Off to a Good Start?
During the days following planting, optimum soil temperature, good seedbed preparation, viable seed, proper planting depth and spacing, and favorable weather conditions lead to excellent crop establishment. Wait! Did you think about ensuring proper nutrition? Sometimes, we believe a simple pre-plant application of a little N, P, and K is sufficient. But is it?
In that little package we call “seed” is found all the stored energy and nutrition needed for germination. It’s enough nutrition to send a small bundle of roots into the soil, expand the cotyledons, and develop a couple of small true leaves. After that, the plant is expected to capture sunlight utilizing its chlorophyll, as well as obtain nutrients and water from the soil. It must be self-sufficient because the stored energy and nutrition in the seed has already been expended.
At this very young stage of growth, the plant has a limited root system. It faces significant risk and stress from:
- Variable spring weather conditions
- Competition from pests such as plant-parasitic nematodes
- Root and shoot diseases
- Insects and weeds
- Impacts from early season herbicide applications and/or cultivations that may physically damage roots and shoots or alter metabolism for short periods of time
Pop-up or starter fertilizers are beneficial at providing a nutritional boost at this critical stage. One of the key nutrients at this growth stage is phosphorus. Phosphorus’ role in plant nutrition includes photosynthesis, respiration, energy transfer, cell division and enlargement, transfer of sugars and starches, and nutrient movement. Phosphorus is also an essential component of DNA and RNA which tells the plant how to grow.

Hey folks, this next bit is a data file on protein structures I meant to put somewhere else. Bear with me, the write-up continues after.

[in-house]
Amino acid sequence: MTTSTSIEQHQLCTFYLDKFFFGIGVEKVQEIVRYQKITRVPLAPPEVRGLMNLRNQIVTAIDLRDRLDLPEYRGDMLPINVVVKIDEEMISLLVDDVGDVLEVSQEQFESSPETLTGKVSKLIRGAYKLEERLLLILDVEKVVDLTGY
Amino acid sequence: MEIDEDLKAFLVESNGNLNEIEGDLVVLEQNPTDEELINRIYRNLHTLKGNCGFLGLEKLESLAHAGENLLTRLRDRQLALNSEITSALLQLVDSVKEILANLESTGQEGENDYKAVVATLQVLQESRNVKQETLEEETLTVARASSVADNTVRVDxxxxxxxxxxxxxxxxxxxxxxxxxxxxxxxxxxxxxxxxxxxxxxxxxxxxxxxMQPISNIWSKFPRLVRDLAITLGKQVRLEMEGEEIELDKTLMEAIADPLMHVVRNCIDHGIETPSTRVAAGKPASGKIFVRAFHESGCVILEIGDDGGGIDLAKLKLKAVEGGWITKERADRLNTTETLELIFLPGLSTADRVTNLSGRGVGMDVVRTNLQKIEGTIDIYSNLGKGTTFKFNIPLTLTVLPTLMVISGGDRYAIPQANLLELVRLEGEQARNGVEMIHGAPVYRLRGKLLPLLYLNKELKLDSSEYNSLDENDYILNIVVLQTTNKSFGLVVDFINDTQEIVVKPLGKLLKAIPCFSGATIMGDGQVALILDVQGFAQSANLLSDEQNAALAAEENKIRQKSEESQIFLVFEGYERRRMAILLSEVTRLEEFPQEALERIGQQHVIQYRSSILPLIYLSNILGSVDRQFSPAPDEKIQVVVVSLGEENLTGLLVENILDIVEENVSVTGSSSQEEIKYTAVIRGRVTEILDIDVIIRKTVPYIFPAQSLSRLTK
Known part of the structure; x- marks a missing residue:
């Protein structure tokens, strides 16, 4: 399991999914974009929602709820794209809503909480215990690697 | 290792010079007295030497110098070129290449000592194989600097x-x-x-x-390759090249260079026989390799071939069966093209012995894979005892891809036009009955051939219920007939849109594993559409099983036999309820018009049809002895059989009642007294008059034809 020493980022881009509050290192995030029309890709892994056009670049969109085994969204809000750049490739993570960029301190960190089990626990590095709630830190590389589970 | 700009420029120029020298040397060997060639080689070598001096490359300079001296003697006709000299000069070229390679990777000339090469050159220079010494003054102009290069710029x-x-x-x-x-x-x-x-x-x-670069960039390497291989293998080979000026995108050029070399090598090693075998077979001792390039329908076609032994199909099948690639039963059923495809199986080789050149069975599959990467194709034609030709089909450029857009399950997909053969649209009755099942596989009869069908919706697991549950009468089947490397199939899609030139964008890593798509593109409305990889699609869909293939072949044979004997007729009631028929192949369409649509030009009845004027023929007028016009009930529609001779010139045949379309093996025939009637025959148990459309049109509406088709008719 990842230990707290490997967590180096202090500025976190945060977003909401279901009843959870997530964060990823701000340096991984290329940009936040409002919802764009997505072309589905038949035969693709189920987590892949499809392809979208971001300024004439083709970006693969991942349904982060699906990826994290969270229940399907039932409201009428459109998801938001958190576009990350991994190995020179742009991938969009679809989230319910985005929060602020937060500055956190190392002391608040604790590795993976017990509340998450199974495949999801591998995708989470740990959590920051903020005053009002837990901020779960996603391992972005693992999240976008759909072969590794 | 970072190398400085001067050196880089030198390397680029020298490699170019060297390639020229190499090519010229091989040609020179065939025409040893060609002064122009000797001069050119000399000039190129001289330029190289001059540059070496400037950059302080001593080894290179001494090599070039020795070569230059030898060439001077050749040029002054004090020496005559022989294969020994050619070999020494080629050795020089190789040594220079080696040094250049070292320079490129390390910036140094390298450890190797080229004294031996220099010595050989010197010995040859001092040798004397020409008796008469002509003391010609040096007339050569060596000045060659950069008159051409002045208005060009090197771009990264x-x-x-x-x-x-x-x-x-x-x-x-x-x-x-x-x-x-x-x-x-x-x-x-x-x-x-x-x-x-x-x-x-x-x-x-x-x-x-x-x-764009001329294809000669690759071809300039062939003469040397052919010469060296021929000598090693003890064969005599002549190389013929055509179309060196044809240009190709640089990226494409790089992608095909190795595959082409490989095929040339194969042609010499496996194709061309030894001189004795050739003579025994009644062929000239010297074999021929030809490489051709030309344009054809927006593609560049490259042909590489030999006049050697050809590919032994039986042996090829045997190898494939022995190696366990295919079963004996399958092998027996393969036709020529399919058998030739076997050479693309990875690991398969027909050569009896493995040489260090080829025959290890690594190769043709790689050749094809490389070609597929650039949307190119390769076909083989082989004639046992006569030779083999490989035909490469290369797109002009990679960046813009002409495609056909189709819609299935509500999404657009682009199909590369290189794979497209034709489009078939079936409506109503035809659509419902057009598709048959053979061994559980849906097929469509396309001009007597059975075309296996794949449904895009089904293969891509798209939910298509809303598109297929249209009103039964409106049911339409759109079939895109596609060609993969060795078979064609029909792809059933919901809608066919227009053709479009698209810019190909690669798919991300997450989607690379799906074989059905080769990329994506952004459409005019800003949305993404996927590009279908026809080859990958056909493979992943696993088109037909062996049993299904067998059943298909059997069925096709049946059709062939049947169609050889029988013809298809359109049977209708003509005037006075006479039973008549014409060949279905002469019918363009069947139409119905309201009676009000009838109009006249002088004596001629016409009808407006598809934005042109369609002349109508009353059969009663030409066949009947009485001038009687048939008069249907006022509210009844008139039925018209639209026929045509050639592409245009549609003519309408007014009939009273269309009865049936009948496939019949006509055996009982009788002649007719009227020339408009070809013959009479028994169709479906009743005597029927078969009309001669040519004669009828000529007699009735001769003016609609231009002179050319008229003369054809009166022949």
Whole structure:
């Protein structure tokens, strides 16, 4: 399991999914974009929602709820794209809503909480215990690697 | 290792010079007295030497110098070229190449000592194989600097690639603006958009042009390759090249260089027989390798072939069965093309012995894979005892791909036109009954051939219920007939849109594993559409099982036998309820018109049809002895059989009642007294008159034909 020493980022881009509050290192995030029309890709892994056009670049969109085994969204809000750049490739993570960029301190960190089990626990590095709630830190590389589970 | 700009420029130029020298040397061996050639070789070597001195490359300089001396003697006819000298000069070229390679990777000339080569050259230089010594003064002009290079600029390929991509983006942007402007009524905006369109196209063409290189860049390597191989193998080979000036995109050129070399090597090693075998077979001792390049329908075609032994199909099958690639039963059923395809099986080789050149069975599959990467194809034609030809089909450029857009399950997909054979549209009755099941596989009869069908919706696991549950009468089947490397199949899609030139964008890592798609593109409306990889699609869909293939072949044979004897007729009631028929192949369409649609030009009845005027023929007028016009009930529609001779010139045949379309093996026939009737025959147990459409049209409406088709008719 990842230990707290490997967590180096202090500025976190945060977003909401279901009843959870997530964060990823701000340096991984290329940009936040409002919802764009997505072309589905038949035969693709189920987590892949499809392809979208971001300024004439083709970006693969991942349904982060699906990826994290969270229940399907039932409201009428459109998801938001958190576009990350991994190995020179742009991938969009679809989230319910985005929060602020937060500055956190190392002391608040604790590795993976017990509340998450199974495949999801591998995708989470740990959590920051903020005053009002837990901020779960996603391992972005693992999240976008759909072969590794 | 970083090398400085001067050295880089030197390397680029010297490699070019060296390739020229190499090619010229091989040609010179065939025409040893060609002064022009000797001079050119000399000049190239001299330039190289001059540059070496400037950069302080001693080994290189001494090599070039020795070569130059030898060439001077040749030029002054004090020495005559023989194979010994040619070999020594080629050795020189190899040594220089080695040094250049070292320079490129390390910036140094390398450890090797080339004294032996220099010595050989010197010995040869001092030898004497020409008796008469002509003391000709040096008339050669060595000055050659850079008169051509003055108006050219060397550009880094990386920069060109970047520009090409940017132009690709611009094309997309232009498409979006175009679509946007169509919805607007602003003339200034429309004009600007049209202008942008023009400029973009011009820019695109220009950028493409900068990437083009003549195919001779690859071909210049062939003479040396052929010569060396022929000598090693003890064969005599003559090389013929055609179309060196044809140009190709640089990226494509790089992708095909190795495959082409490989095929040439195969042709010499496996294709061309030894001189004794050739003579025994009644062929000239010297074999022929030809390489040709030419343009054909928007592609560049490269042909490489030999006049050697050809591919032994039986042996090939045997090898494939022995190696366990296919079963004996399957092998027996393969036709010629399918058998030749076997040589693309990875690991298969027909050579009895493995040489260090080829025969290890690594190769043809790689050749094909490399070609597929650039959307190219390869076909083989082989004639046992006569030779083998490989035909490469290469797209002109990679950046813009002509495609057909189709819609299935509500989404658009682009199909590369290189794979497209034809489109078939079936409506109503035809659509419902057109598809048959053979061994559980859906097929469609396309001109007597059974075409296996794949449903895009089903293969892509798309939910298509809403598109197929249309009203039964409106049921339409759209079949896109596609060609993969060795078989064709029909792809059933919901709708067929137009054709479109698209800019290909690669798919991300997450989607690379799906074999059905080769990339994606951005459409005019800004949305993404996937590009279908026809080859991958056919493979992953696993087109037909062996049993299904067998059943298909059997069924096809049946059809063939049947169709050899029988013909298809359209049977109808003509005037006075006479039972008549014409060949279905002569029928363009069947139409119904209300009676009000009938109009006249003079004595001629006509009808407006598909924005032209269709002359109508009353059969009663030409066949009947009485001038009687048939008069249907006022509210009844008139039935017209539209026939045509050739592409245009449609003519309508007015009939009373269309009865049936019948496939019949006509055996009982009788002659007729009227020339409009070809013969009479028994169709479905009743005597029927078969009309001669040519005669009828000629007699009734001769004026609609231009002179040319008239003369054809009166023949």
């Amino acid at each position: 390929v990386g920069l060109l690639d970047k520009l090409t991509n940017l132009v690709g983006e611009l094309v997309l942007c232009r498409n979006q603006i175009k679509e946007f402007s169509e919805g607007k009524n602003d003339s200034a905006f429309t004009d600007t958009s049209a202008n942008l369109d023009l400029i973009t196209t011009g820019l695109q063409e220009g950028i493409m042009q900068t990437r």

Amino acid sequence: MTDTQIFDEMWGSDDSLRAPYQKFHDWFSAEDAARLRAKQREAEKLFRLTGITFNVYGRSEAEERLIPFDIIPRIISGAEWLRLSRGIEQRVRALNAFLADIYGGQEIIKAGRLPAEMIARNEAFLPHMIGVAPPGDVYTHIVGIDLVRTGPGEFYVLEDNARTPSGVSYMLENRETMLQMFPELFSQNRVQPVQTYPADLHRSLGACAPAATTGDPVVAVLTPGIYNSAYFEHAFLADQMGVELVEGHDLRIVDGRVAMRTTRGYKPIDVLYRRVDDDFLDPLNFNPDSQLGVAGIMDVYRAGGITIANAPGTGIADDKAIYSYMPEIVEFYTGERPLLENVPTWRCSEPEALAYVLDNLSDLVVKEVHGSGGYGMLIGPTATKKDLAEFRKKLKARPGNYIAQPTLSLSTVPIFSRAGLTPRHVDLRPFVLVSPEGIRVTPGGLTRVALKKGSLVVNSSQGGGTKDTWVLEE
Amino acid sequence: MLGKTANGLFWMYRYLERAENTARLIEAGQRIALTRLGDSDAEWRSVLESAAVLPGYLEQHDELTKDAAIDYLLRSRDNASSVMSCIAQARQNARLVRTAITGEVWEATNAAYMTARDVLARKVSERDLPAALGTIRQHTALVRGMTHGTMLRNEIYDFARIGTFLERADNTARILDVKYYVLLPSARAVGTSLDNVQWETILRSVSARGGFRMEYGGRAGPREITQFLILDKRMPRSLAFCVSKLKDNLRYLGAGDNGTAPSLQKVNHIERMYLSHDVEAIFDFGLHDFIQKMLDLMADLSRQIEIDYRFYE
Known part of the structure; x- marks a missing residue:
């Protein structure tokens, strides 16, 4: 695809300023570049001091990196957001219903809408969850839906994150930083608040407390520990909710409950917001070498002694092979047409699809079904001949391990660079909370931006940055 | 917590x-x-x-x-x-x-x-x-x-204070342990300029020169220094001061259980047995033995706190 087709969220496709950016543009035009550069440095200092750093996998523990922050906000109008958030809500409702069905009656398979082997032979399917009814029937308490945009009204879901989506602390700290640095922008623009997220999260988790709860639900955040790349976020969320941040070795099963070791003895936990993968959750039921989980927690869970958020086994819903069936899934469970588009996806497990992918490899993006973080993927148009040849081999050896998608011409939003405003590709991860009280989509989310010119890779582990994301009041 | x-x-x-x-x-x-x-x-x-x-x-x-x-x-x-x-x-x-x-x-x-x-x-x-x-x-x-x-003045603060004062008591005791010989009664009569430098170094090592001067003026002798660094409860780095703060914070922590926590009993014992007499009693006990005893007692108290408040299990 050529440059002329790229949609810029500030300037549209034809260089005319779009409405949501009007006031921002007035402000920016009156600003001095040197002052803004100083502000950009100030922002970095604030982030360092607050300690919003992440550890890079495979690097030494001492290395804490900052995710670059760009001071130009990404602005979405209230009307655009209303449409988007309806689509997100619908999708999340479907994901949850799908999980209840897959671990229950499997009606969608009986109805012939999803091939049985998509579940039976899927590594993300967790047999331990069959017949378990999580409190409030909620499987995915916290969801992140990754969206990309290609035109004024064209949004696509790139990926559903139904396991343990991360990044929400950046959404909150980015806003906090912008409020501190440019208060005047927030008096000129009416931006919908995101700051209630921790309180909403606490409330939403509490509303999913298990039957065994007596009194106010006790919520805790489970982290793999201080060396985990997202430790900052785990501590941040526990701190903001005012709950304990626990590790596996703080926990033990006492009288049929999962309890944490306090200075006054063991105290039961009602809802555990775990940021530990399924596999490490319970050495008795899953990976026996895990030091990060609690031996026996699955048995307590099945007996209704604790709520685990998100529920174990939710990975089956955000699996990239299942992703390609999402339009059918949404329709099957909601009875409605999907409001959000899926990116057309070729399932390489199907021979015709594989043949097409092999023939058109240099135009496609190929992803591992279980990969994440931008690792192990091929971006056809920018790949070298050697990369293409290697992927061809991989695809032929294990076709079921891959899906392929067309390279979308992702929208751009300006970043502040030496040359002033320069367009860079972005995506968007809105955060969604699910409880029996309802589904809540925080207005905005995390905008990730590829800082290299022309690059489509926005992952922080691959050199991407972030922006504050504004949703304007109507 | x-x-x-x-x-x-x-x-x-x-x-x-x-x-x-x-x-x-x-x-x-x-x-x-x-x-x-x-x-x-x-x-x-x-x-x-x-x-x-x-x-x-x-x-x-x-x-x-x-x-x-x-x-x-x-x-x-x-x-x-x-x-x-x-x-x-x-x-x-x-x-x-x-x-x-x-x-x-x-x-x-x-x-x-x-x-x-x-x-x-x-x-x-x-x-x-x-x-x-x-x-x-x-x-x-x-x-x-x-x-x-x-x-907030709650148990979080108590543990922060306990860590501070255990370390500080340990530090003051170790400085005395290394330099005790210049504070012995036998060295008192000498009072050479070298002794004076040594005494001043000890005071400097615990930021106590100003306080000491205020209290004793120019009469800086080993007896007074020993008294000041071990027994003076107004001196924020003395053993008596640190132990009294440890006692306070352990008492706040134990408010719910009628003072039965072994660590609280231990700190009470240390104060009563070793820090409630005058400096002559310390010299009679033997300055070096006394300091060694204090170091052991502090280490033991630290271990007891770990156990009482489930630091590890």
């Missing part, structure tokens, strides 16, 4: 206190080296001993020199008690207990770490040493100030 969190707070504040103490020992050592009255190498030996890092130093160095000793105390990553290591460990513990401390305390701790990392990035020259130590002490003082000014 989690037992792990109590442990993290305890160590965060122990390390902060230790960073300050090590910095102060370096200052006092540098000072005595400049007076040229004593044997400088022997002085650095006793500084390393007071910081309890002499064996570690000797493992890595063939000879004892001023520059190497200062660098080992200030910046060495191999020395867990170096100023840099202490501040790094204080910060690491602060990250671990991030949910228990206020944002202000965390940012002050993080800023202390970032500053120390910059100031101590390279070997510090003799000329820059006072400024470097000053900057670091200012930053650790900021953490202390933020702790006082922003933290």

Plant uptake of phosphorus occurs primarily in the orthophosphate forms of HPO42- or H2PO4-. Many crops respond favorably to available phosphorus early in the season, and a continuous supply of phosphorus is important throughout the entire life cycle of the crop. Since phosphorus moves in the soil solution primarily by the process of diffusion, cool soil temperatures and often wet or saturated conditions experienced in the spring slow the rate of diffusion. This can sometimes result in temporary phosphorus deficiencies, leading to slower plant growth. Soil phosphorus is subject to precipitation by iron (Fe) and aluminum (Al) in acidic soils, and principally by calcium (Ca) in calcareous soils, also rendering it less available for plant uptake. It’s necessary to ensure adequate phosphorus in the right form and in the area near the young, developing roots early in the season to get the crop off to a good start.
- Michael Larkin, NW Division Agronomist